But somehow these stuff-ups didn’t matter. Indeed, they seemed to encourage more experimentation. One such experiment included an extremely dangerous kick from full-back straight up the guts to a contest. The Bombers won the contest with a will and belief that indestructible young blokes seem to have, and surged through the corridor leaving the Hawks in the background arguing about their dismantled structure.

The Bombers may not finish top four. They might not even finish top eight, but in my view we should not be saying, “The Blues are coming”, but, “The Bombers are coming”.

So what about the Hawks? On Friday night they were fortunate to have Rioli, Sewell and Franklin busting a gut, but they’re currently getting a nice dose of a medicine called humility. They started the season with a sense of themselves that was not justified. They thought that losing a few early games was neither here nor there, that they would click into gear and finish top four, and that another tilt at the flag was destiny. But they are finding out that fifteen other teams are going to have something to say about that. They are learning that respect for the game and your opponents should never leave any side, not even the premiers.

About Damian O'Donnell

I'm passionate about breathing. And you should always chase your passions. If I read one more thing about what defines leadership I think I'll go crazy. Go Cats.


  1. haiku bob says


    a word of advice.

    re –

    Zone, schmone.
    Flood, schmud.
    Reputation, schmeputation

    it’s considered high haiku crime, to make it rhyme.


  2. hb – thanks for the advice.

    I would never try to do
    a good haiku
    because a man must know
    how far his talents go.

  3. Nick Kossatch says

    Great article. I’m a Power supporter and the team is blessed with speed much like the Bombers. Pity my team don’t apply the Knights Rule.

    That is “play on and back yourself”. Hope Port will do this!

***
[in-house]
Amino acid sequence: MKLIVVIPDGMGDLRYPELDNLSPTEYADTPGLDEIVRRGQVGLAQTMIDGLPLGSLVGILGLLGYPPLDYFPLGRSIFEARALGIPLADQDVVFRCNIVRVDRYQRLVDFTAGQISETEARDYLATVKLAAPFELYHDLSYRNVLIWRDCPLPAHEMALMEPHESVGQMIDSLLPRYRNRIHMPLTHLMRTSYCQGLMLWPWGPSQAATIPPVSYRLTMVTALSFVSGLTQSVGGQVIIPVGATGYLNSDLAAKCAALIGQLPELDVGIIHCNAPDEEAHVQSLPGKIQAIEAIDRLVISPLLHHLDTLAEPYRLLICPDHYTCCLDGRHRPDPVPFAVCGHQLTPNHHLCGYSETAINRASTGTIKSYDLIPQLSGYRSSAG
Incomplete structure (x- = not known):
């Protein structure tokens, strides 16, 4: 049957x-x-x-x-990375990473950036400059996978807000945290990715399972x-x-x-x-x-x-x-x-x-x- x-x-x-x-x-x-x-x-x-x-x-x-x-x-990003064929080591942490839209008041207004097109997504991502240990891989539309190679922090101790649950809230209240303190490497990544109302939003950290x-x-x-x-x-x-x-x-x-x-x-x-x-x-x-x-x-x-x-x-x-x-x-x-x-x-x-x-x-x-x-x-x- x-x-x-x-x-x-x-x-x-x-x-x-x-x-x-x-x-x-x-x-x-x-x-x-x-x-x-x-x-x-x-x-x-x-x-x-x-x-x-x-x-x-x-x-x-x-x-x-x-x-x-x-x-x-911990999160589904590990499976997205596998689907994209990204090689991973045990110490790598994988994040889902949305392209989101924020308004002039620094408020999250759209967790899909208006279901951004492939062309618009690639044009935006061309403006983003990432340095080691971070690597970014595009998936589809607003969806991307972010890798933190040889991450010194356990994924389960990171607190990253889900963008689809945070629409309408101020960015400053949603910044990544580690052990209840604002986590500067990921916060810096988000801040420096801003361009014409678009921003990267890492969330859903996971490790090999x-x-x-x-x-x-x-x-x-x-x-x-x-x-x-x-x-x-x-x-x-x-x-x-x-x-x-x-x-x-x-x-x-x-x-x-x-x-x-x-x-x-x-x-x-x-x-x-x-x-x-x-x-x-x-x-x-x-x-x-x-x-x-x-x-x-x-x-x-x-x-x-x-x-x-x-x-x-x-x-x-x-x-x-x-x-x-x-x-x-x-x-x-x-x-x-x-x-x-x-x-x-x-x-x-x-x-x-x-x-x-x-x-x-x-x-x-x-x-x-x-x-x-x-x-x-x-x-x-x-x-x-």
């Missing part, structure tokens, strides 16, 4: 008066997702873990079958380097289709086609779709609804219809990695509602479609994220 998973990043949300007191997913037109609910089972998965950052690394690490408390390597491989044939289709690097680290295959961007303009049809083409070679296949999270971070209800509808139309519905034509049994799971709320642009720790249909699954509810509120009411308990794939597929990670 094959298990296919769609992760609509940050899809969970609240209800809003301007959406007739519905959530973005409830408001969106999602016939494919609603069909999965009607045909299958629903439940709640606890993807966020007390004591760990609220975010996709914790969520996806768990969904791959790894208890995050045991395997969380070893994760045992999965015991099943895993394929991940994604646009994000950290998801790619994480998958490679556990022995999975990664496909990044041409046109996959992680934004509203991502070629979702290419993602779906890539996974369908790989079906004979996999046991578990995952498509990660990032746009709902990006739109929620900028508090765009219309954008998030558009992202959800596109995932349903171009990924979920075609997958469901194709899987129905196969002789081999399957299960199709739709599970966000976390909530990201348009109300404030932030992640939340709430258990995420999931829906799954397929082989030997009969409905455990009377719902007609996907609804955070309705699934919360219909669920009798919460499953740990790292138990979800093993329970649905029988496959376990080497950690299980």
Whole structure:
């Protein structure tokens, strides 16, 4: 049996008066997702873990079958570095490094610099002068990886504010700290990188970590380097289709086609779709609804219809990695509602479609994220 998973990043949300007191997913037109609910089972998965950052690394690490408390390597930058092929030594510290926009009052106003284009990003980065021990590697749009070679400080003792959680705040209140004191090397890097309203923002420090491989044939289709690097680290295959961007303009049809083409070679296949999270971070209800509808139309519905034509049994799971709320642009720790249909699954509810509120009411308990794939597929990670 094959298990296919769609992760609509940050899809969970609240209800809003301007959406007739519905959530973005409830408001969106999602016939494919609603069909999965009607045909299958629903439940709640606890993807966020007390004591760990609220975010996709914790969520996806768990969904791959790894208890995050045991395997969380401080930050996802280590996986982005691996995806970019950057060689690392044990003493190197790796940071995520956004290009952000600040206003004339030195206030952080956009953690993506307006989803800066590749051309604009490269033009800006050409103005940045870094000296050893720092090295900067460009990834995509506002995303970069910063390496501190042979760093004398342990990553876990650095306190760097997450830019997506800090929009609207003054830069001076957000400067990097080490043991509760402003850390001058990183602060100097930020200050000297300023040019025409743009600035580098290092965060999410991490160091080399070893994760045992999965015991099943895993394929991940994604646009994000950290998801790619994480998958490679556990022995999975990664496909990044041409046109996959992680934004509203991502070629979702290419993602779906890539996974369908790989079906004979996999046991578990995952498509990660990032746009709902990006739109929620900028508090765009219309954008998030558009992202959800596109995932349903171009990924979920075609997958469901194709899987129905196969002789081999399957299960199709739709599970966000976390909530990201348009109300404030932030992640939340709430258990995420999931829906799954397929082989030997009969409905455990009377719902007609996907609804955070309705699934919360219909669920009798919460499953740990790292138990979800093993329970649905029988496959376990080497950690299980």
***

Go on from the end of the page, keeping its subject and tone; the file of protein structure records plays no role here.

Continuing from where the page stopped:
Good luck for the year.

  4. Pamela Sherpa says

    Dips, you’ve highlighted the essence of the game.Enjoying the challenge of the contest and having the confidence to have a go no matter who the oppositon are. Good on Matty Knights for having the confidence to do it his way and to empower his team to play with passion and enjoy their footy.

  5. As a Hawthorn supporter I can only agree with your synopsis of the brown and gold, eloquently put. Admitedly we all admire it and the Lions did it a short while back but a growing concern I have for football in general is that after every premiership, every year, I hear the media, in fact all of us saying, “is this the start of the next great footballing dynasty?” Hats off to Essendon, it wasn’t too long ago that the roles were reversed. The Hawks need to learn from this. I hope they do.

  6. johnharms says


    Add to your energetic piece the observation of our Snowy River correspondent Pam Sherpa, that Paddy Ryder has someting of a Polly Farmer look to him, and the Bombers’ stocks are on the rise. Amazing how one game (Anzac Day) can inject such confidence and belief into a player that his talents are released for the pleasure of all. (Or most – I was actually out to dinner celebrating an anniversary with The Handicapper). I agree regards the new ruckman – he seems to hang in the air, and he meets the footy at the top of his leap.